Peggy gets a little cross with people who are very good at complaining but not so good at taking responsibility for their own lives. She recounts various stories of people she has met who ‘bitch’ about their lives; people who may have a TV in every room of the house but still think they do not have enough. She would love to transport them out of their comfortable lives to see the reality of the world and the hardships which many people face in order for them to learn how to appreciate their lives.

Occasionally, very occasionally, Peggy gets depressed, “At times, especially if I have looked into a particular issue in great detail, I can think for a moment, what’s the point? I do not have the answer. But really I know that we cannot lose hope and we have to keep going. There are some really smart people in this world and together we can find solutions. I think the younger generation have the potential to overcome many challenges and we have to nurture them in order for them to do so.”

I would like to add a few thoughts of my own to finish this post. A few days ago renowned photographer and film maker Bob Talbot said “People are involved in conservation for three reasons: they care and believe in what they are doing; they are lost and do not know what they believe in; they are satisfying the needs of their ego. These three reasons are not mutually exclusive, there are of course crossovers.”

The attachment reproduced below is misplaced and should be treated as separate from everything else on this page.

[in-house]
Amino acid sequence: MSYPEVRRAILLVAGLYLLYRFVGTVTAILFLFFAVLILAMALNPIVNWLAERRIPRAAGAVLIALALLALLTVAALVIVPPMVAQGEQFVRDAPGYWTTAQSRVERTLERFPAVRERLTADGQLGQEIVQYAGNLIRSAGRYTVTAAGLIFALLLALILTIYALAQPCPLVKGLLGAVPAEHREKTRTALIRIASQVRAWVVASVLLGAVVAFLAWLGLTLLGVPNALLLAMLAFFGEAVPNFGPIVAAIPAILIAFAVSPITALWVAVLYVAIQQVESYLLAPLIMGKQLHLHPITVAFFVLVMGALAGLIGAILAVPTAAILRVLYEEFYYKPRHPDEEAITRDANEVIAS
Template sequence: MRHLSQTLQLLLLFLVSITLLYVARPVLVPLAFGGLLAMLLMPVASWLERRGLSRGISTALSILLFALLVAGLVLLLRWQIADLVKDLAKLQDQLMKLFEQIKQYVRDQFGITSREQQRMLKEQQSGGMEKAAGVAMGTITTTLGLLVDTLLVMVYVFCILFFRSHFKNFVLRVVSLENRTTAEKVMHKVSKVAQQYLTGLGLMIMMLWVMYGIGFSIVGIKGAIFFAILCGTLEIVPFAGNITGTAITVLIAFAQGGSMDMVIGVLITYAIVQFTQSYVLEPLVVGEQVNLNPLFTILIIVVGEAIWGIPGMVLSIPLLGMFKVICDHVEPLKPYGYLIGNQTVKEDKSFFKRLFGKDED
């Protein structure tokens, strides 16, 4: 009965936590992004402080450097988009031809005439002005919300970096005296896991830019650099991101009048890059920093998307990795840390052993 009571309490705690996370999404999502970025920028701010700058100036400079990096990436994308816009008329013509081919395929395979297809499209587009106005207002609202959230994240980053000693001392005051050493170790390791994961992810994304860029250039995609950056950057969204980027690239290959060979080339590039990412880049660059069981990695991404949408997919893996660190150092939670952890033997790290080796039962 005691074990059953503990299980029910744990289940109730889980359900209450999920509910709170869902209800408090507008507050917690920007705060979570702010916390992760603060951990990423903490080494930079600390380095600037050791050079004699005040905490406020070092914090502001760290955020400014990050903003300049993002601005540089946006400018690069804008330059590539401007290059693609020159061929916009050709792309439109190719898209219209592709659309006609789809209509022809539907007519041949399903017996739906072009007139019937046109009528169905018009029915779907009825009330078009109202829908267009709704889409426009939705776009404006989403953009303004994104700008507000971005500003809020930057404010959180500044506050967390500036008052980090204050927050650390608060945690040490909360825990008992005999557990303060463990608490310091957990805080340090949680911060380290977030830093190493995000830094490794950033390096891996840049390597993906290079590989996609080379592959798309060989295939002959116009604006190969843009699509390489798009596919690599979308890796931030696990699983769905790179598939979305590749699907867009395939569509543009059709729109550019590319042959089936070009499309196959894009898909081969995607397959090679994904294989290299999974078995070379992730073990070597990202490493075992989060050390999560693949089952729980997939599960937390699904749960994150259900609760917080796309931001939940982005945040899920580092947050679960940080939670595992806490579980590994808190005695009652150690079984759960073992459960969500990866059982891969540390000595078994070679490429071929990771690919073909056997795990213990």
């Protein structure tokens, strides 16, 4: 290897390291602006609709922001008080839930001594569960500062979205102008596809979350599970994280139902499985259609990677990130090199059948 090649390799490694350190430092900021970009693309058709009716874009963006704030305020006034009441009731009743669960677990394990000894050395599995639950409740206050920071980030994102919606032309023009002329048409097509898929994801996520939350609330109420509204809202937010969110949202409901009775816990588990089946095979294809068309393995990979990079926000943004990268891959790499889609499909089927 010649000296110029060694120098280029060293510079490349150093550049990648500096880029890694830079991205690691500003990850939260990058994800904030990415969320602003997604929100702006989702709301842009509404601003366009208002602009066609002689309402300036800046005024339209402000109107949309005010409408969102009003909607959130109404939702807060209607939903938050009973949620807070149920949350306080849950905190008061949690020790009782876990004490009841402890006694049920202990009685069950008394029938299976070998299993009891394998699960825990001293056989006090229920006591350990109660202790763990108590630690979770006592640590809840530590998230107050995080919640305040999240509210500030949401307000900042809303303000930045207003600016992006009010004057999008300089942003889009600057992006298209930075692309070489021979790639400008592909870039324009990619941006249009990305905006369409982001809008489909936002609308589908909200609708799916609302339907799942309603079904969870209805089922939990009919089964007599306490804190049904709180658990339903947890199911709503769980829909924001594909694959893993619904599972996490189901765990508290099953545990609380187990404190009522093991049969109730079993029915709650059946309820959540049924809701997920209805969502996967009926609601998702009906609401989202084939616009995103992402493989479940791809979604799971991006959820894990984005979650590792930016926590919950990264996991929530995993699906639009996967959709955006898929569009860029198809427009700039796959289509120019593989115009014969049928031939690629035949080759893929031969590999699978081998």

Like all of us Peggy has some of all these motivations existing within her. But at the forefront is the fact that she does care and does believe in what she is doing. I have met other wonderful people here who share her beliefs and have the courage to put those beliefs into action. In particular, Peggy’s education co-ordinator Jenna Contuchio is an extraordinarily strong, intelligent woman who works as a veterinary technician and devotes all her extra hours to Marine Life Studies plus setting up her own organisation to educate people about plastic.

There are of course others whose motives are more clouded by their egos. I have witnessed people here behaving in ways which do not have the best interests of cetaceans at heart. And I have heard stories of individuals and organisations from around the world who act in ways not becoming of an intelligent, compassionate species.

Conservationists are after all human beings too. And whether we are a conservationist, a politician, a corporate boss or an average person on the street, we all suffer from the same potential for both weakness and strength, darkness and light. It is our choices and actions which allow either our strengths or our weaknesses to flourish, and these choices are our own responsibility, no one else’s. As Peggy says, “When I am on my deathbed it is me, and me alone, who will either suffer from having stored up anger towards another human being and guilt over my actions on this planet, or be at peace from feelings of good will and knowing I have lived my life trying to make a difference and leave the world a better place.” I think she has given a near perfect definition of what it means to take responsibility for your own life.

Don’t miss my final post about Peggy Stap – I wonder who will have the last word?